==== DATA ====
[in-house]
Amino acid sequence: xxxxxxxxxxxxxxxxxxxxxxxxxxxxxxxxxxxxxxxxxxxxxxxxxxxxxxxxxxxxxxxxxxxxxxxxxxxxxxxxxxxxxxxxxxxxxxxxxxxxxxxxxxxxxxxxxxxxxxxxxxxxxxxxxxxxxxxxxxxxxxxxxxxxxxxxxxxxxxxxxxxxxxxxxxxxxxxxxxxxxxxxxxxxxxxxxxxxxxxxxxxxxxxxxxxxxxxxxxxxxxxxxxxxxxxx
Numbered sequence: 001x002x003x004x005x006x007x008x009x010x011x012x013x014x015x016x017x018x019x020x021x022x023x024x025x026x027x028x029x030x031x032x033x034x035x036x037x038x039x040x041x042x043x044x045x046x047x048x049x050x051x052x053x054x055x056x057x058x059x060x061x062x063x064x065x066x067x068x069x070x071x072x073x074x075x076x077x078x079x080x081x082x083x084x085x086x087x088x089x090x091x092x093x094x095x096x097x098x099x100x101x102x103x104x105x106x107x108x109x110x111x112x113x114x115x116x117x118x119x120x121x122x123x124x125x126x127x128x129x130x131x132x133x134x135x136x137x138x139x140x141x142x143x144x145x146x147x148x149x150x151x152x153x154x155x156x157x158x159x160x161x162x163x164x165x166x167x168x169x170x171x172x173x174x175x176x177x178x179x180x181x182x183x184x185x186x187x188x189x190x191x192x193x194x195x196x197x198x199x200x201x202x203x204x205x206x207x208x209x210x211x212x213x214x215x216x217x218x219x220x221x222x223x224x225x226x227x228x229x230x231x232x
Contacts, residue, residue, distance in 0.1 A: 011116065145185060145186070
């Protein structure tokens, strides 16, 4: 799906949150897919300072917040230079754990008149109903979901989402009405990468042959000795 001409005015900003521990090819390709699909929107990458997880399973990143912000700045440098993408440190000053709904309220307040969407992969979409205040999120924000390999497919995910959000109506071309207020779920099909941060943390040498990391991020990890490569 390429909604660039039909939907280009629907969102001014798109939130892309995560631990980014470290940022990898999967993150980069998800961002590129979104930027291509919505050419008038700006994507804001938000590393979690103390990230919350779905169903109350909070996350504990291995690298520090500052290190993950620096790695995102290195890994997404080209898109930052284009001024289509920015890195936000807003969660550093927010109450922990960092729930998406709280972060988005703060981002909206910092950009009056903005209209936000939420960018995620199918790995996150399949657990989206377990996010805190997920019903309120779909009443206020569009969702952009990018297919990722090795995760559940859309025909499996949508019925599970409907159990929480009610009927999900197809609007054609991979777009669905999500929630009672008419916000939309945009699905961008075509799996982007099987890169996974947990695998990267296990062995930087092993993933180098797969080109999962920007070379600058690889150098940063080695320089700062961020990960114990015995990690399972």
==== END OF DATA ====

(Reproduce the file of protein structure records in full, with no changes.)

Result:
[in-house]
Amino acid sequence: xxxxxxxxxxxxxxxxxxxxxxxxxxxxxxxxxxxxxxxxxxxxxxxxxxxxxxxxxxxxxxxxxxxxxxxxxxxxxxxxxxxxxxxxxxxxxxxxxxxxxxxxxxxxxxxxxxxxxxxxxxxxxxxxxxxxxxxxxxxxxxxxxxxxxxxxxxxxxxxxxxxxxxxxxxxxxxxxxxxxxxxxxxxxxxxxxxxxxxxxxxxxxxxxxxxxxxxxxxxxxxxxxxxxxxxx
Numbered sequence: 001x002x003x004x005x006x007x008x009x010x011x012x013x014x015x016x017x018x019x020x021x022x023x024x025x026x027x028x029x030x031x032x033x034x035x036x037x038x039x040x041x042x043x044x045x046x047x048x049x050x051x052x053x054x055x056x057x058x059x060x061x062x063x064x065x066x067x068x069x070x071x072x073x074x075x076x077x078x079x080x081x082x083x084x085x086x087x088x089x090x091x092x093x094x095x096x097x098x099x100x101x102x103x104x105x106x107x108x109x110x111x112x113x114x115x116x117x118x119x120x121x122x123x124x125x126x127x128x129x130x131x132x133x134x135x136x137x138x139x140x141x142x143x144x145x146x147x148x149x150x151x152x153x154x155x156x157x158x159x160x161x162x163x164x165x166x167x168x169x170x171x172x173x174x175x176x177x178x179x180x181x182x183x184x185x186x187x188x189x190x191x192x193x194x195x196x197x198x199x200x201x202x203x204x205x206x207x208x209x210x211x212x213x214x215x216x217x218x219x220x221x222x223x224x225x226x227x228x229x230x231x232x
Contacts, residue, residue, distance in 0.1 A: 011116065145185060145186070
């Protein structure tokens, strides 16, 4: 799906949150897919300072917040230079754990008149109903979901989402009405990468042959000795 001409005015900003521990090819390709699909929107990458997880399973990143912000700045440098993408440190000053709904309220307040969407992969979409205040999120924000390999497919995910959000109506071309207020779920099909941060943390040498990391991020990890490569 390429909604660039039909939907280009629907969102001014798109939130892309995560631990980014470290940022990898999967993150980069998800961002590129979104930027291509919505050419008038700006994507804001938000590393979690103390990230919350779905169903109350909070996350504990291995690298520090500052290190993950620096790695995102290195890994997404080209898109930052284009001024289509920015890195936000807003969660550093927010109450922990960092729930998406709280972060988005703060981002909206910092950009009056903005209209936000939420960018995620199918790995996150399949657990989206377990996010805190997920019903309120779909009443206020569009969702952009990018297919990722090795995760559940859309025909499996949508019925599970409907159990929480009610009927999900197809609007054609991979777009669905999500929630009672008419916000939309945009699905961008075509799996982007099987890169996974947990695998990267296990062995930087092993993933180098797969080109999962920007070379600058690889150098940063080695320089700062961020990960114990015995990690399972």